If you tune into UCSC’s Peregrine Nest Cam while the youngsters are stumbling over themselves, it might be tough to connect these awkward chicks to their agile parents — who happen to be the fastest birds in the skies. Peregrine Falcons are also the speediest creatures on the planet. Their stoop (diving) speeds can exceed 200mph, eclipsing the 70mph of the cheetah, the quickest land animal.
Peregrines were at one time endangered, a decline blamed largely on the effects of DDT. Studies showed that DDT and its metabolite, DDE, caused eggshell thinning in susceptible raptor species such as the Bald Eagle, as well as among Brown Pelicans. The banning of DDT in the U.S. is credited with the recovery of Peregrines. (Even still, the DDT ban is maligned by critics who see DDT as the most effective agent in fighting malaria and who believed the deleterious effects were overstated.)
Peregrines eventually recovered to the point where they were taken off the endangered list in 1999. And they’ve been spotted at San Francisco’s PG&E building since 1987.
The Nest Cam at the Financial District structure was turned on in 2005, but the nest box at this perch predates the camera by almost 20 years. Right now, the image shows three babies (eyasses*) with the occasional daytime appearance of a parent bearing food. Note to pigeon appreciators (including myself): pigeons are a staple of the urban Peregrine’s dinner plate.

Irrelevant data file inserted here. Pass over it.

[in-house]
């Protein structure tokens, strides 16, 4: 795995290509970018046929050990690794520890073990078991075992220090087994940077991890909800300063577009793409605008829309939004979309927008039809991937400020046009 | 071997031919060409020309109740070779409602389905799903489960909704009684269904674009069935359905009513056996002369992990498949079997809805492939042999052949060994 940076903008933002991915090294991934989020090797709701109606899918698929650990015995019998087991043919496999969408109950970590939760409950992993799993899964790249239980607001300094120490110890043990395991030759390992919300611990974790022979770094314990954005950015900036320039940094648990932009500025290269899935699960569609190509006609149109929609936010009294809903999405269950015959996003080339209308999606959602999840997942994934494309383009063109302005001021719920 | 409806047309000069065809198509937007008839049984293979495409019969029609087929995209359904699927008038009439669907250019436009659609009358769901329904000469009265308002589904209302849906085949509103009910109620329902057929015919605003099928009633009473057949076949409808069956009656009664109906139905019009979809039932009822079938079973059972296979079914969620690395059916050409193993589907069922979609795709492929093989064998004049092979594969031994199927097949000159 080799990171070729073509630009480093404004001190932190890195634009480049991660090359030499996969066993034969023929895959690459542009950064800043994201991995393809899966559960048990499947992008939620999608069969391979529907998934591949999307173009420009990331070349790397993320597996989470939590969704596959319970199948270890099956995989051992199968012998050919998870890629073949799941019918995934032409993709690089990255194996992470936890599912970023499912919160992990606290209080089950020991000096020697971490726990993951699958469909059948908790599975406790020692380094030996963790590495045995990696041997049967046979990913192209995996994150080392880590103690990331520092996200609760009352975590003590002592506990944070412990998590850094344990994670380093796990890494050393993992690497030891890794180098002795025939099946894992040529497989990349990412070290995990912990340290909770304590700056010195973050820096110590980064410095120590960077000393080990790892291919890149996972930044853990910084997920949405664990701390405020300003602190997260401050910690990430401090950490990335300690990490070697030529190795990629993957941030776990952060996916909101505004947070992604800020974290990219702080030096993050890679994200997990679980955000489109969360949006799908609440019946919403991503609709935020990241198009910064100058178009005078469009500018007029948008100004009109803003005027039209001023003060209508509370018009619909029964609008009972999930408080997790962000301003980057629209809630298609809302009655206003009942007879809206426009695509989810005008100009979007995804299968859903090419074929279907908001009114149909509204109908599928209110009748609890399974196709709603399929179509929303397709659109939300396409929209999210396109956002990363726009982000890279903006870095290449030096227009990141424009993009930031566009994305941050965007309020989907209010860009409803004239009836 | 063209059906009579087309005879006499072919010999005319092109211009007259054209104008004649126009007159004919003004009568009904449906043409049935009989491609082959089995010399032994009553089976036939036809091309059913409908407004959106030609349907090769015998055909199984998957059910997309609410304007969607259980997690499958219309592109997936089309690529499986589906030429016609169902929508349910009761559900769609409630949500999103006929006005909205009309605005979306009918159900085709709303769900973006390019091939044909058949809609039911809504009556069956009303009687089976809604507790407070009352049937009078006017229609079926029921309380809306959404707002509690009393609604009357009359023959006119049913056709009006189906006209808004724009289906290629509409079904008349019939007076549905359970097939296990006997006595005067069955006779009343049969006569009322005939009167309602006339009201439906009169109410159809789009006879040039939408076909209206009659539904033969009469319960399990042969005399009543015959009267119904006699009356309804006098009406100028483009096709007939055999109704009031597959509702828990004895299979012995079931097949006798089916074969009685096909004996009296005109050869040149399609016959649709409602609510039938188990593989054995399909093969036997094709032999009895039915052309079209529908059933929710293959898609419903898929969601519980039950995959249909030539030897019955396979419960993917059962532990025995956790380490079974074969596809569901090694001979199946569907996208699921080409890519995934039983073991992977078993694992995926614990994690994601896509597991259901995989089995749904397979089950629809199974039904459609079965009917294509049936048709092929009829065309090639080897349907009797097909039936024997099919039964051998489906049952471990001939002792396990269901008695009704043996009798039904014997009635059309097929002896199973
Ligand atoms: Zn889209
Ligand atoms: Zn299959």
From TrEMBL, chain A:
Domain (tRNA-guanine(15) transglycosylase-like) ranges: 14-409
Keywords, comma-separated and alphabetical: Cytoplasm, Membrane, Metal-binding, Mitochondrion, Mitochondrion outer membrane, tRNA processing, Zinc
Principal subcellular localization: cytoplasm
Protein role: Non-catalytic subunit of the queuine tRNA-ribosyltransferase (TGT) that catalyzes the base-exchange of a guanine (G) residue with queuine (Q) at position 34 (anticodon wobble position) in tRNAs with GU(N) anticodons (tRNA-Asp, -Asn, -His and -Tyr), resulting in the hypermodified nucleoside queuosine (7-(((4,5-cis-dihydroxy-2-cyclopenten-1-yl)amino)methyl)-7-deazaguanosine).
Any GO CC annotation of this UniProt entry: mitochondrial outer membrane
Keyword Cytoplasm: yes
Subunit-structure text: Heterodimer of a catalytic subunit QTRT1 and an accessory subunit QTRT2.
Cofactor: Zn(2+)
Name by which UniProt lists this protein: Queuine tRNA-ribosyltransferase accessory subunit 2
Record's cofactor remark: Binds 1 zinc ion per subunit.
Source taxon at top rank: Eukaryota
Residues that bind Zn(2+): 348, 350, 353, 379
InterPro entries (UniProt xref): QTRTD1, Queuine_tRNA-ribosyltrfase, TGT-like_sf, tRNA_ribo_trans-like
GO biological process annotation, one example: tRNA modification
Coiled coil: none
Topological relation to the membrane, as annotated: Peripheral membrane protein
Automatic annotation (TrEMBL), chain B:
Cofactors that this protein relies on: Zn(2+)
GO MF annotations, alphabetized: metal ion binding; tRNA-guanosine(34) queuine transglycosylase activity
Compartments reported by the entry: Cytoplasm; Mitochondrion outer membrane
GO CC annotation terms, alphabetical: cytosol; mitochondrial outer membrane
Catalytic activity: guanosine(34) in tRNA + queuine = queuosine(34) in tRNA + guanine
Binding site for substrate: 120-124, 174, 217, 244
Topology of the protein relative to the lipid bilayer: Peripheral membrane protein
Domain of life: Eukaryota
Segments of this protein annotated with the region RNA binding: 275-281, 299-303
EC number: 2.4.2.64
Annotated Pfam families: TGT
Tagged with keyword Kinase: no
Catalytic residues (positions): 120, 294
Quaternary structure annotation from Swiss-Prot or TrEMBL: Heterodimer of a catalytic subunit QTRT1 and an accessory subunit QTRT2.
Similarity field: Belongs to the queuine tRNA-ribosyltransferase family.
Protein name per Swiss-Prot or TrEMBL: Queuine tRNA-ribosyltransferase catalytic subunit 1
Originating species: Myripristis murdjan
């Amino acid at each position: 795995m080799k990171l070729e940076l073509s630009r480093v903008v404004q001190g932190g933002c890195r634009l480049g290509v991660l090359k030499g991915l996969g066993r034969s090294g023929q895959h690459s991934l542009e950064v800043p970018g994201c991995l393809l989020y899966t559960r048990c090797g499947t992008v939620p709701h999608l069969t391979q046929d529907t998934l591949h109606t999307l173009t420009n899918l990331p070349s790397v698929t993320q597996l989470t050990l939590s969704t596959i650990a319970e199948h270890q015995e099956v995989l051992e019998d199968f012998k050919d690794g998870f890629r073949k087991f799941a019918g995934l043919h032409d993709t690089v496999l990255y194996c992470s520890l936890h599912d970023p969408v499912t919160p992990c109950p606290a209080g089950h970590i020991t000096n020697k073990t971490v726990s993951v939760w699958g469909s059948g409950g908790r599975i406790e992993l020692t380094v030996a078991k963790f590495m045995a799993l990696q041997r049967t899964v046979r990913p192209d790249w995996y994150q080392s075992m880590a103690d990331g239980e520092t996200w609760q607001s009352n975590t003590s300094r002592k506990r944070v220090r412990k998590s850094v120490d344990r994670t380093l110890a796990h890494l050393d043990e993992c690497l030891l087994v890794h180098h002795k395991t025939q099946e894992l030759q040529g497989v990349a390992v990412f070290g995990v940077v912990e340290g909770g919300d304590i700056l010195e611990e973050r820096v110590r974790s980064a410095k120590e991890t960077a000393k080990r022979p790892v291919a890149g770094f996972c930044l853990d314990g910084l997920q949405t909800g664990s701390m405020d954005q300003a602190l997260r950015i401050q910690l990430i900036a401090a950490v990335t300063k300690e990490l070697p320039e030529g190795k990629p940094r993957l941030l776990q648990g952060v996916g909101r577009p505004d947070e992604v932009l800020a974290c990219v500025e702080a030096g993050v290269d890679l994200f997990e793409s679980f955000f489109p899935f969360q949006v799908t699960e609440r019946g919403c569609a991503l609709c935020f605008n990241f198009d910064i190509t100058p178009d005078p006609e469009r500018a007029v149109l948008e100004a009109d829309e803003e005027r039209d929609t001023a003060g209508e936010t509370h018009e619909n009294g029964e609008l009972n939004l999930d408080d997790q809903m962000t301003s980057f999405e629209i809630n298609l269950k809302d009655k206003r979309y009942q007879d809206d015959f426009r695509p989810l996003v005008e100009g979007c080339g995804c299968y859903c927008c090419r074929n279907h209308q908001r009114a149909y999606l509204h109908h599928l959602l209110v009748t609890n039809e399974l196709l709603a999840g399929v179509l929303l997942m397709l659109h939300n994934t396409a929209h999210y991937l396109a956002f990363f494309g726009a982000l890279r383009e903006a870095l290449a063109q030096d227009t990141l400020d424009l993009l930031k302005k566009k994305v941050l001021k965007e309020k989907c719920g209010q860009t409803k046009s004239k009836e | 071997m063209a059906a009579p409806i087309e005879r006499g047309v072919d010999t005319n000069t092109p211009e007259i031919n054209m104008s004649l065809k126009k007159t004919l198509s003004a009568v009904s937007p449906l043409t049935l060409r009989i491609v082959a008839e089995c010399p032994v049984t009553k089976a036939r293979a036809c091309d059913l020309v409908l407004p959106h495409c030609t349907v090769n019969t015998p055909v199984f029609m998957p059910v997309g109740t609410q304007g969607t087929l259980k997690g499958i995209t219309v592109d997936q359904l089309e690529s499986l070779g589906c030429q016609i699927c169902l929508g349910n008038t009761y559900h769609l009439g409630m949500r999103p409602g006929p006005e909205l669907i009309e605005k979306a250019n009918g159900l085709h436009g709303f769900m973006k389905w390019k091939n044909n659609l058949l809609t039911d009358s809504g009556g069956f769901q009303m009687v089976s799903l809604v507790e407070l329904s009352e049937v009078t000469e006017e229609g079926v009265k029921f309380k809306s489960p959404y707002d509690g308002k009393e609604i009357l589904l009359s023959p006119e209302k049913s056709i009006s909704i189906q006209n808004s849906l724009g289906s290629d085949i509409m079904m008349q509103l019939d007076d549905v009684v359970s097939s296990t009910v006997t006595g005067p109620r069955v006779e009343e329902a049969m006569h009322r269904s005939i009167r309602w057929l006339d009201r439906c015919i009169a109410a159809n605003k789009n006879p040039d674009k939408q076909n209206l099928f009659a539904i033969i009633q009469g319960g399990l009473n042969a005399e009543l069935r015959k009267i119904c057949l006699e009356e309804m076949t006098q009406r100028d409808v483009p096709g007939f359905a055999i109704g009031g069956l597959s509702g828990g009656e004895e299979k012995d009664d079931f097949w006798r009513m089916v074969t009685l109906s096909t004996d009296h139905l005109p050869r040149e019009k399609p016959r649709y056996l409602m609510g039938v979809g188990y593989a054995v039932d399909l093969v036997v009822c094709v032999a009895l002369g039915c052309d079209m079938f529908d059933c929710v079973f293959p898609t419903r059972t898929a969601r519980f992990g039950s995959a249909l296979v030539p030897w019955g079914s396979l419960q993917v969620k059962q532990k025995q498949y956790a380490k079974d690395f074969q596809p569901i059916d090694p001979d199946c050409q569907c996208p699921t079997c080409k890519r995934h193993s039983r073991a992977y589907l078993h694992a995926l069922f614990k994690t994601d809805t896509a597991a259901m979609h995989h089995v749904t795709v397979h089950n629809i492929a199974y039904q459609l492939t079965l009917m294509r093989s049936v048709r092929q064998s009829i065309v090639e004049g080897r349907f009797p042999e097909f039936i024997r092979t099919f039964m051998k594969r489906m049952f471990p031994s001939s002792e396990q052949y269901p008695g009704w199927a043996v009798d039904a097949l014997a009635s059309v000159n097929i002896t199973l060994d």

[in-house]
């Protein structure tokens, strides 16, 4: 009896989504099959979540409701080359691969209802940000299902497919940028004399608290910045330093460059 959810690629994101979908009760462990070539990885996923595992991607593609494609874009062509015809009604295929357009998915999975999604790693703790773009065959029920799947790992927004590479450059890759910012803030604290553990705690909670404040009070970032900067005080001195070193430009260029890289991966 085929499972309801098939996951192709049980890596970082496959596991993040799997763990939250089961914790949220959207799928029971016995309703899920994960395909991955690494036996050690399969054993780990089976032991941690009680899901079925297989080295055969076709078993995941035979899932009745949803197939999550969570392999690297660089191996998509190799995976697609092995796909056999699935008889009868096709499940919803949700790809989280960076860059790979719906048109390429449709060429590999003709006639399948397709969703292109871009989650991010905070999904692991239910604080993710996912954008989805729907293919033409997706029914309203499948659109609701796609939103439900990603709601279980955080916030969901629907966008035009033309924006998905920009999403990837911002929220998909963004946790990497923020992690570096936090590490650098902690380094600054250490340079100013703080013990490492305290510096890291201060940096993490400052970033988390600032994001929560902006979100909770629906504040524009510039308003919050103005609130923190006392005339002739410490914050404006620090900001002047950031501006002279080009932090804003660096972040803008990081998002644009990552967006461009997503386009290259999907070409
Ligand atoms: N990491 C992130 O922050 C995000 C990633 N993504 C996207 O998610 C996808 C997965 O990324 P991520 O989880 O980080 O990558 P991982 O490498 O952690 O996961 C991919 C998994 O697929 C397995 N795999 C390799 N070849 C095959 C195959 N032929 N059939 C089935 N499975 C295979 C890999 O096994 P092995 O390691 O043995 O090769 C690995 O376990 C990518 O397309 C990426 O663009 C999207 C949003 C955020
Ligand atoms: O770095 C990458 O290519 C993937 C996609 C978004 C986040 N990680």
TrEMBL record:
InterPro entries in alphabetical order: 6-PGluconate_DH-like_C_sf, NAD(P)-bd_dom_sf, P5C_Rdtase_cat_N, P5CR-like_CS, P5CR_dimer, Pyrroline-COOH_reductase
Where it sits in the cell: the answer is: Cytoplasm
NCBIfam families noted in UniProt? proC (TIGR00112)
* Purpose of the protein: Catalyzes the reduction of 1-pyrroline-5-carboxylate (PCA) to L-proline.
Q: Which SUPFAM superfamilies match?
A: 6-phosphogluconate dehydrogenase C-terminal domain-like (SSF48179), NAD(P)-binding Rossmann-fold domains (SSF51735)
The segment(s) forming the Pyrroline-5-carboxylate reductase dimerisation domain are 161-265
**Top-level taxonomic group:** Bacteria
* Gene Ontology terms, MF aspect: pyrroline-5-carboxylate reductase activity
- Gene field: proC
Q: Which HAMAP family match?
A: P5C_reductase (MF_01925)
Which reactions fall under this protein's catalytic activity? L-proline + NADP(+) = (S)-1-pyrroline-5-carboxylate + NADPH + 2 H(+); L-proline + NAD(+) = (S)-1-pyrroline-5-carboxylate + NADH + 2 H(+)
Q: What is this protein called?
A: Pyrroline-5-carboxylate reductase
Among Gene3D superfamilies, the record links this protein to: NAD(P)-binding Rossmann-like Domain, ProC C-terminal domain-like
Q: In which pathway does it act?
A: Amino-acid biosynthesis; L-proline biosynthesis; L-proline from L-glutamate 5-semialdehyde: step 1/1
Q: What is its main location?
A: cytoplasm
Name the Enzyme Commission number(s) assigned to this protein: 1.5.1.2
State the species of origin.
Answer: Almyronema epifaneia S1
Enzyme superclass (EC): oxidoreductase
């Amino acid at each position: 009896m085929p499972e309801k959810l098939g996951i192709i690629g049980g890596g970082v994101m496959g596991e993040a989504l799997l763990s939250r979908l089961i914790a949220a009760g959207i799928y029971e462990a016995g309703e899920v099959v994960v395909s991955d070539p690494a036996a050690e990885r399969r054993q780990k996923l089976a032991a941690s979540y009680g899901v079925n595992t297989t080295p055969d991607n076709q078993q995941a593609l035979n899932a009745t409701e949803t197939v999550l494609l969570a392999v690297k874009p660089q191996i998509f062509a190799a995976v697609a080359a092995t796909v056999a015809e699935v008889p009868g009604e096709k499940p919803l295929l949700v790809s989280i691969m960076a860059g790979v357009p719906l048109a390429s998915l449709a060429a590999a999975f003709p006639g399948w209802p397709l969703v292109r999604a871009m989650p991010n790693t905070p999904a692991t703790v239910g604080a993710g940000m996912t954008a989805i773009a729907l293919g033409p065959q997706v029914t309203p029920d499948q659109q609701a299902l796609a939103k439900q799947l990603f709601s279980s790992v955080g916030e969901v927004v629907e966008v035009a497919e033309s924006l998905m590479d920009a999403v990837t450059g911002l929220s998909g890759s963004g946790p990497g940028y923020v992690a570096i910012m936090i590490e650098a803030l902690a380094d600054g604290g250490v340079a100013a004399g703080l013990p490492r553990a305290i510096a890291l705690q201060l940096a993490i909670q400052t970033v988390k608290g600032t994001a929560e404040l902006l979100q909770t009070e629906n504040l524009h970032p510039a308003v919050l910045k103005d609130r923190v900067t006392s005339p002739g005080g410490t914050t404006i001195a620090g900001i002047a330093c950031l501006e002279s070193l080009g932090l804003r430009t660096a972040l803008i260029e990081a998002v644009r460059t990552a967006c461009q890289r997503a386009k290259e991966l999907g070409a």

Although the experience of watching the Nest Cam is a passive one, seeing the chicks huddled together alone in the long absences of their parent does illuminate the inherent vulnerability of nesting season — for every species. I’m often in awe that any young in the wild survive, given the natural and unnatural hazards. Every bird parent could use a Nest Cam monitor.
If you can’t catch the Nest Cam live, there are some You Tube captures of the Peregrines in nest. You can also see photos and visual logs of the young San Francisco Peregrines in local photographer Glenn Nevill’s Raptor Galleries. And learn more about the Peregrine Falcon research at the website of the Santa Cruz Predatory Bird Research Group Project (SCPBRG).